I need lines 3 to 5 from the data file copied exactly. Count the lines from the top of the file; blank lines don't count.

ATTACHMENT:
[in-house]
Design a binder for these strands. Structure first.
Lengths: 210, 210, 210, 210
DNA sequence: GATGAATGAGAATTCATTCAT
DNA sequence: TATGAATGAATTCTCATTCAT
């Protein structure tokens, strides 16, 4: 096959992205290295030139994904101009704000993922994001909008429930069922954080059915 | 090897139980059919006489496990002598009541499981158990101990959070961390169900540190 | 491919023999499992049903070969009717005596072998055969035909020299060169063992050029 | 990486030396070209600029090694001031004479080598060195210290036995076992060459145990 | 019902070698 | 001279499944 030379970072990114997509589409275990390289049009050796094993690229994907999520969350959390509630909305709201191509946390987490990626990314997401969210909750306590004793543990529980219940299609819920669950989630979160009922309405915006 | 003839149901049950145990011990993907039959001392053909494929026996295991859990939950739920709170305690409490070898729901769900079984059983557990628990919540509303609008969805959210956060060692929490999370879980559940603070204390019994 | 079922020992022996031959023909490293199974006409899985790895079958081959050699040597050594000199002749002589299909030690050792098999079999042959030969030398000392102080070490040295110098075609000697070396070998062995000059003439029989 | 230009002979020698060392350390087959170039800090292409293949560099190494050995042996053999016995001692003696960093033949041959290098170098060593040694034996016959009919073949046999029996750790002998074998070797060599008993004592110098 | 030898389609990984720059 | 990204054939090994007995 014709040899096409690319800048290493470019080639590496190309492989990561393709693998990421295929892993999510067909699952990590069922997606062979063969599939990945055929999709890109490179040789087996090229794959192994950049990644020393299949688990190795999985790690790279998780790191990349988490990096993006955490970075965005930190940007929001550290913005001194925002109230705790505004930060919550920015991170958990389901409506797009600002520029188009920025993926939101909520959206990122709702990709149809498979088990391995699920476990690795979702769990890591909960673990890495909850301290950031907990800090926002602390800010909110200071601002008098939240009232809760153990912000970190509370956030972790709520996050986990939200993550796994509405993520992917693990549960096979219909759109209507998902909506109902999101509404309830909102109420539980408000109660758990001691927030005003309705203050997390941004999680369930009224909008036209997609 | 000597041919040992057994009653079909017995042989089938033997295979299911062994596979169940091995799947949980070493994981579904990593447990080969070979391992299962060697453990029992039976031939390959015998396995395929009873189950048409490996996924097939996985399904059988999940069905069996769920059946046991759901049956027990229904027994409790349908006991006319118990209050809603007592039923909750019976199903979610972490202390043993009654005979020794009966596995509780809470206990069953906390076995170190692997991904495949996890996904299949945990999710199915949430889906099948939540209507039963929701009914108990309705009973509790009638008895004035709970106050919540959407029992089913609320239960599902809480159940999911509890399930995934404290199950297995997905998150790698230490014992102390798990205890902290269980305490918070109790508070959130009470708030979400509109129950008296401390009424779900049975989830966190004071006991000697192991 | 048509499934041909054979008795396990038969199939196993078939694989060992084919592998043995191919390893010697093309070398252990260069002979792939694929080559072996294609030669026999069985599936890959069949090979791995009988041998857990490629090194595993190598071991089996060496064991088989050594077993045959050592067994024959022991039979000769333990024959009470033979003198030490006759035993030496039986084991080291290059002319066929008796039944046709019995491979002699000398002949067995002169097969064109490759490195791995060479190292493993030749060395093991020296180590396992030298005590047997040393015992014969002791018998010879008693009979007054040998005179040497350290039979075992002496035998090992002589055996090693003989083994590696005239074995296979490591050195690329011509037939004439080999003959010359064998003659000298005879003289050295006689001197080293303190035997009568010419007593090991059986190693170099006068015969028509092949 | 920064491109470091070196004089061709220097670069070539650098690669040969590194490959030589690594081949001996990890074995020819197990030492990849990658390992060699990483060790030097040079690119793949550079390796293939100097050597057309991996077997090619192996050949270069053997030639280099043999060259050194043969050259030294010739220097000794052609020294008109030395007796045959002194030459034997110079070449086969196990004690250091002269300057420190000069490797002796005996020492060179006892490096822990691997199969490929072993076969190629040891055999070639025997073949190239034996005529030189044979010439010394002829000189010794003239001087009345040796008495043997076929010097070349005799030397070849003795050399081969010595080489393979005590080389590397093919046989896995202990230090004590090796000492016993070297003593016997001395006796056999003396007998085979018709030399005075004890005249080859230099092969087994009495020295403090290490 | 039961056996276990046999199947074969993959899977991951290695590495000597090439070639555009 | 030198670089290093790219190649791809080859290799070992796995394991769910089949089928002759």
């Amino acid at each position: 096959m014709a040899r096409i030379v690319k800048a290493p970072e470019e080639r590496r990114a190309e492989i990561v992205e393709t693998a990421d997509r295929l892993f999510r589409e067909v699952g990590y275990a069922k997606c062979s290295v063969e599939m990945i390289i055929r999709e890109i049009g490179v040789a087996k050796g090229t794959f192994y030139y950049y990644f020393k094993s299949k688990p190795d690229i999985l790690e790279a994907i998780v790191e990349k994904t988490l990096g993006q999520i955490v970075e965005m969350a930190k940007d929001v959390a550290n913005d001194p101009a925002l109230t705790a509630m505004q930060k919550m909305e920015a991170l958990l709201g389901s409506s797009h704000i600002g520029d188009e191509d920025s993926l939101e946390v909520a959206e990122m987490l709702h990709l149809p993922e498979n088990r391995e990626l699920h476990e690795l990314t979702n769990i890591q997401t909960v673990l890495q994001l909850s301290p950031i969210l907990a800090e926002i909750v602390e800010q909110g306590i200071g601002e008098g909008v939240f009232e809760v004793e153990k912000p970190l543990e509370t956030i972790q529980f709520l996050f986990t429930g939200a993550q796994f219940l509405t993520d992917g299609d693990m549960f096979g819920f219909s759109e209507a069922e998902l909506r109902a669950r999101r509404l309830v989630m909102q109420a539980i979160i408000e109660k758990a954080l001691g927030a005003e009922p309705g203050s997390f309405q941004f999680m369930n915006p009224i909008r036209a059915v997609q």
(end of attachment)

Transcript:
Lengths: 210, 210, 210, 210
DNA sequence: GATGAATGAGAATTCATTCAT
DNA sequence: TATGAATGAATTCTCATTCAT